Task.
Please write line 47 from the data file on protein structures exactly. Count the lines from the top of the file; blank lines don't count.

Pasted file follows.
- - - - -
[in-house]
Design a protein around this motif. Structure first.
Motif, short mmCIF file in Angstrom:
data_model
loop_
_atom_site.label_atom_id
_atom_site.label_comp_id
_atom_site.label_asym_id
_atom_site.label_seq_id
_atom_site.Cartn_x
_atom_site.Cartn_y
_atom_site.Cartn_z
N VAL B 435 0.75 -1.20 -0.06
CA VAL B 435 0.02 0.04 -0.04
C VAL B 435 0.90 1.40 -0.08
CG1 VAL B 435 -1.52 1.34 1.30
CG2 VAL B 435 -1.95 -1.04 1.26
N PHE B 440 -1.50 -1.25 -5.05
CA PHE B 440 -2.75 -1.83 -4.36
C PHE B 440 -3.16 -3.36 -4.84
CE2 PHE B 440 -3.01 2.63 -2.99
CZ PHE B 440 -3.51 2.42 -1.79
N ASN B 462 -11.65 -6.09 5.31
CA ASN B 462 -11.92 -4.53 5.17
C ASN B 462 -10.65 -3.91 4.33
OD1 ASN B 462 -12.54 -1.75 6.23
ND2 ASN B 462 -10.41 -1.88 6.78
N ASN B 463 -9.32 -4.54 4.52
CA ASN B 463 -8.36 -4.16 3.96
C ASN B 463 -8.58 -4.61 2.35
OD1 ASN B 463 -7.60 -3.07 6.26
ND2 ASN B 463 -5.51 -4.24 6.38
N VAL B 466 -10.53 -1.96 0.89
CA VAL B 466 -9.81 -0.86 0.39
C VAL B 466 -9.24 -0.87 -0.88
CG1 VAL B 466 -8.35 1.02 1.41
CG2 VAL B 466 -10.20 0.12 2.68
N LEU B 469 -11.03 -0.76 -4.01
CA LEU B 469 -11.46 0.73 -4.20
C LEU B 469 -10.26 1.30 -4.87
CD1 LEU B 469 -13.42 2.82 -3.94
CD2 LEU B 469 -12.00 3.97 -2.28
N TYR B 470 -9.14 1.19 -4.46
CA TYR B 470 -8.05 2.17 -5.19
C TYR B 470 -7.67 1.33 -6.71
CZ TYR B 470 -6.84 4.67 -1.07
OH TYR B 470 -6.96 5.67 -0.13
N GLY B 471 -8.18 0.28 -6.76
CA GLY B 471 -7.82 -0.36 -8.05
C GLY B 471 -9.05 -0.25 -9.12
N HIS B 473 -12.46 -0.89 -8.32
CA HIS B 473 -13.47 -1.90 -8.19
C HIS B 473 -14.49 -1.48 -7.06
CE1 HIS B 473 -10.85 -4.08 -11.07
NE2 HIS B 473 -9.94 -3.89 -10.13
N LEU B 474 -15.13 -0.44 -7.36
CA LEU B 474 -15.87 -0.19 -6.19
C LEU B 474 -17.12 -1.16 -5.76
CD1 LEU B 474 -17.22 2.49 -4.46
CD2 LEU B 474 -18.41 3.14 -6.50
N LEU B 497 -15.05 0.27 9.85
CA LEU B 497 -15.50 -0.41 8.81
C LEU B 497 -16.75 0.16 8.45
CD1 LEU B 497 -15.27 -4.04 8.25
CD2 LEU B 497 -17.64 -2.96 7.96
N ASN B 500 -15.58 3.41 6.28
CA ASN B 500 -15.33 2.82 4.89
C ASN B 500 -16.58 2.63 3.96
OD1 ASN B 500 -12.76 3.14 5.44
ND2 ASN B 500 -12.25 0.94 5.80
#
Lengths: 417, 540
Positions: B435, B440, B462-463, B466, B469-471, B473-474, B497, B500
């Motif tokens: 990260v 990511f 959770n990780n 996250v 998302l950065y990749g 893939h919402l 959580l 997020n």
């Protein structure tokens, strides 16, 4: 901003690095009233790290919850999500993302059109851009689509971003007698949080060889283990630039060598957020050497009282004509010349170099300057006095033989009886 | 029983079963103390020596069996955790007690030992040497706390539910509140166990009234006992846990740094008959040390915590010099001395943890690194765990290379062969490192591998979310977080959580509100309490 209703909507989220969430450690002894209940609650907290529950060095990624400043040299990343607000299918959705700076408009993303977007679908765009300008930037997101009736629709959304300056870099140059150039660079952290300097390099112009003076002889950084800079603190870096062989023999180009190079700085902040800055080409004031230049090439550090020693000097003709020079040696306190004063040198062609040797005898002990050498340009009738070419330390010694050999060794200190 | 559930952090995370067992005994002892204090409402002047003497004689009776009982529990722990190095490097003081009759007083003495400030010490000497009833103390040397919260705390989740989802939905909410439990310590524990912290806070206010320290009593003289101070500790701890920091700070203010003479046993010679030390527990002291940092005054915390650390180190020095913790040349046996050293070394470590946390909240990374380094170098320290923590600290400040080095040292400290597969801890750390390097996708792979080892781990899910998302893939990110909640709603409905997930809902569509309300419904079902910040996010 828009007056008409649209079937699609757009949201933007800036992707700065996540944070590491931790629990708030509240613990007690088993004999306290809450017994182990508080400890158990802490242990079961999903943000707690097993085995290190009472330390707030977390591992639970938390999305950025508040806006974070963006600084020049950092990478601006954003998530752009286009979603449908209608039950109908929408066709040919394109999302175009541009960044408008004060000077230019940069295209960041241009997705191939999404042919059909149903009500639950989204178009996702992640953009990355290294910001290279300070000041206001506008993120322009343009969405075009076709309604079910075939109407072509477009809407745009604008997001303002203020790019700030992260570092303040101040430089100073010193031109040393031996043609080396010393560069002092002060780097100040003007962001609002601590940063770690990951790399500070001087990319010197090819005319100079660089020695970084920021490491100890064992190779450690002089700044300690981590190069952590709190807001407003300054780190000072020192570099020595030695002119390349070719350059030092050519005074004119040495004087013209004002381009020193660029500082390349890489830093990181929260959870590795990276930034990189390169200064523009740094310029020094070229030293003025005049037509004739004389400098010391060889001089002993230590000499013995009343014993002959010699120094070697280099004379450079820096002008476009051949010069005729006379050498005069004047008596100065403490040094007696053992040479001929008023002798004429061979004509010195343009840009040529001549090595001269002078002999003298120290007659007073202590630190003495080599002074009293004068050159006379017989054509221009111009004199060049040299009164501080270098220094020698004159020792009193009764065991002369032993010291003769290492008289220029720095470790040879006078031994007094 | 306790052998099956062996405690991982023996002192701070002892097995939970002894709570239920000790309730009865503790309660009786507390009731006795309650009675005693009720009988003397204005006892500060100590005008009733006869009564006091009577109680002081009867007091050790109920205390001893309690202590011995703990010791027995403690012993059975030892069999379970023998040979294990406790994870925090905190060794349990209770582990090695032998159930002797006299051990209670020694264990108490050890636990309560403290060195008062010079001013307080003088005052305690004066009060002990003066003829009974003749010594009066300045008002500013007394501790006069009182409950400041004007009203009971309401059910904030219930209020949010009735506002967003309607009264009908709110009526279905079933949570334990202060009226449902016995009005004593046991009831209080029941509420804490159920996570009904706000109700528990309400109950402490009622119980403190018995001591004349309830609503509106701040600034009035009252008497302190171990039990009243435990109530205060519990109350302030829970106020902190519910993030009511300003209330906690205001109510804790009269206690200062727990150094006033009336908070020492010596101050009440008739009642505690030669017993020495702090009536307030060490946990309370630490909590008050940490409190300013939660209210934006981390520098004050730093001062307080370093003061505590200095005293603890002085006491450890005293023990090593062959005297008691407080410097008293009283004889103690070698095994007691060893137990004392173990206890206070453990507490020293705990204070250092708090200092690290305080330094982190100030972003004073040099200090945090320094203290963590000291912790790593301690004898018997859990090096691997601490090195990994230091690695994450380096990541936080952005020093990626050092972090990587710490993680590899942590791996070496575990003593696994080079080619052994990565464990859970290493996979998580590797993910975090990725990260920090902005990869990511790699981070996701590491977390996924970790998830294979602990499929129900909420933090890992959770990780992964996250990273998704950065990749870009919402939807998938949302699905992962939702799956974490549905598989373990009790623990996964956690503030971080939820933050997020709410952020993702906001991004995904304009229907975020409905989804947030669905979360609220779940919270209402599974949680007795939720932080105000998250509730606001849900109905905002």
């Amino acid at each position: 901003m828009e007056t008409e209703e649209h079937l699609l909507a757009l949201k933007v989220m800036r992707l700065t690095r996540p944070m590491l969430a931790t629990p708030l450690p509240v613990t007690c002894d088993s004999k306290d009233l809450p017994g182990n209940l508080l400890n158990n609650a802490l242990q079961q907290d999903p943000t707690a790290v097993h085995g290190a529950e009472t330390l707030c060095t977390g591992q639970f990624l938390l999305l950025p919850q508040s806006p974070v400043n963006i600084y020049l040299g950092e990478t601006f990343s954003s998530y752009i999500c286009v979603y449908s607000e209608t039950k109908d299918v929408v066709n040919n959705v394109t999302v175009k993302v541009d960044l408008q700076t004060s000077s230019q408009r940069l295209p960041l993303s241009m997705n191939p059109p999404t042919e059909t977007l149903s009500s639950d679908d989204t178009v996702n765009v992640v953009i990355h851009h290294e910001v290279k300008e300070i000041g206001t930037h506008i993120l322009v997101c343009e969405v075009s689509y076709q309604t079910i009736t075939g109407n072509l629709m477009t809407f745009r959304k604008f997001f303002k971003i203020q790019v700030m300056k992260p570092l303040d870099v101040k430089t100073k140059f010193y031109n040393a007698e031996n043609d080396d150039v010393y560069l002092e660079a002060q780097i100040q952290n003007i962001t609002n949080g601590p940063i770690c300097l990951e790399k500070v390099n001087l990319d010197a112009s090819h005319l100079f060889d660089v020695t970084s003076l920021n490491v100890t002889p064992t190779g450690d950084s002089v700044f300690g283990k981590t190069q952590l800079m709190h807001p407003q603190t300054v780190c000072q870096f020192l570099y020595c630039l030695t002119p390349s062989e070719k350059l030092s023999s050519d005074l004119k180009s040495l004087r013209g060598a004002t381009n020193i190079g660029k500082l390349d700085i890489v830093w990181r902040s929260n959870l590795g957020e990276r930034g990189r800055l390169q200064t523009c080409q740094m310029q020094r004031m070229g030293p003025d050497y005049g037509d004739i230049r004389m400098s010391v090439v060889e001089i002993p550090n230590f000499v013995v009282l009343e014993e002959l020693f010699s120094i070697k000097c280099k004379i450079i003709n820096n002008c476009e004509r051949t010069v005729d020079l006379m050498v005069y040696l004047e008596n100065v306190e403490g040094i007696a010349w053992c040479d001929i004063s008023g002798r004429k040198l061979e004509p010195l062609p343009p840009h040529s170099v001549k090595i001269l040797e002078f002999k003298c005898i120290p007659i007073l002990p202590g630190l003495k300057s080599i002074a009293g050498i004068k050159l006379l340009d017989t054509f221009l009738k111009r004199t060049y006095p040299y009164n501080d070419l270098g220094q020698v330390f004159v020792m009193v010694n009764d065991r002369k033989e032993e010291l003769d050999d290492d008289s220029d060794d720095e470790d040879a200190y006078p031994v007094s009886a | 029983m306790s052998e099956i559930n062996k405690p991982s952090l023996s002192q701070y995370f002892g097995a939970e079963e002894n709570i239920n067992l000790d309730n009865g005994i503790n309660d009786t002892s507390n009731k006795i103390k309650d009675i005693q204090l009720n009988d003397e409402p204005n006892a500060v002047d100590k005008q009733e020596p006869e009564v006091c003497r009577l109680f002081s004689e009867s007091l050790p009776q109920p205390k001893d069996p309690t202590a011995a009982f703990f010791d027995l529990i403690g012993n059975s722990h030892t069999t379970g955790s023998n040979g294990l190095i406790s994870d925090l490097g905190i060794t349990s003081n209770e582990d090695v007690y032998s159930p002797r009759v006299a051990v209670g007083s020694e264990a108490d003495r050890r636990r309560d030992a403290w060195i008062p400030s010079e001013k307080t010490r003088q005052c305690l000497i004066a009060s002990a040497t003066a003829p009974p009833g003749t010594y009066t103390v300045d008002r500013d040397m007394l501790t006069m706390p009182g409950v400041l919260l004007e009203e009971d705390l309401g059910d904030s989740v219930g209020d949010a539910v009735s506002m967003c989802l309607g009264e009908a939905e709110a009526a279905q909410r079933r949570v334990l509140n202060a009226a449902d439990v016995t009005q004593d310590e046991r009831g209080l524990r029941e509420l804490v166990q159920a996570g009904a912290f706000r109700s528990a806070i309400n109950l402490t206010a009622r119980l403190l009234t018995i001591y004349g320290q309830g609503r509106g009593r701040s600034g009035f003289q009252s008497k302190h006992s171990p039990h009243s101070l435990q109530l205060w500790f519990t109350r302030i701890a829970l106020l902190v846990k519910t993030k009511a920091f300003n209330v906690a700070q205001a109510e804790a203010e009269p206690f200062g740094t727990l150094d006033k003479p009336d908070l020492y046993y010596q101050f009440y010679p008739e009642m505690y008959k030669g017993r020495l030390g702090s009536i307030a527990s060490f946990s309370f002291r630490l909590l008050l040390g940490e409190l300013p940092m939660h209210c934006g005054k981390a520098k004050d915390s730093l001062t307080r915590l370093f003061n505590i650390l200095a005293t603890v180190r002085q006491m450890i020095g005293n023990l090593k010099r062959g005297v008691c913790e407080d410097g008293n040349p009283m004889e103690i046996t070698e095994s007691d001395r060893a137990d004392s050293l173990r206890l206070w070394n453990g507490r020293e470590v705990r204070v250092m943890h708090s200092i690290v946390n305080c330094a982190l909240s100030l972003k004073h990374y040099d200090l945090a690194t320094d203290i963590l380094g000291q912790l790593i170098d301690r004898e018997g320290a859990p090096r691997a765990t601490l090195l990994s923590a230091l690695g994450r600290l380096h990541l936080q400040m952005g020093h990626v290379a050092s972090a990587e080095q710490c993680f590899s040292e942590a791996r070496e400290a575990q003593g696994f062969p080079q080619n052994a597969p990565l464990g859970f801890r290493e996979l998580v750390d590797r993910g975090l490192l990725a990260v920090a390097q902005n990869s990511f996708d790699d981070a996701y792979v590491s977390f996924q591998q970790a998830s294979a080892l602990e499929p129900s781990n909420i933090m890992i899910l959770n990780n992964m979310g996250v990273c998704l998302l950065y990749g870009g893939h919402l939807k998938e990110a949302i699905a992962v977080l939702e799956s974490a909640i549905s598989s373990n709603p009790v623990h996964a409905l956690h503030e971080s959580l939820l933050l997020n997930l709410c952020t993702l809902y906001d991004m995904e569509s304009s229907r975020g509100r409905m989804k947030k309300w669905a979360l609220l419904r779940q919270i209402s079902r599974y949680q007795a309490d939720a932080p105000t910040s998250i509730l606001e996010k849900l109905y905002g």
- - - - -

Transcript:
OH TYR B 470 -6.96 5.67 -0.13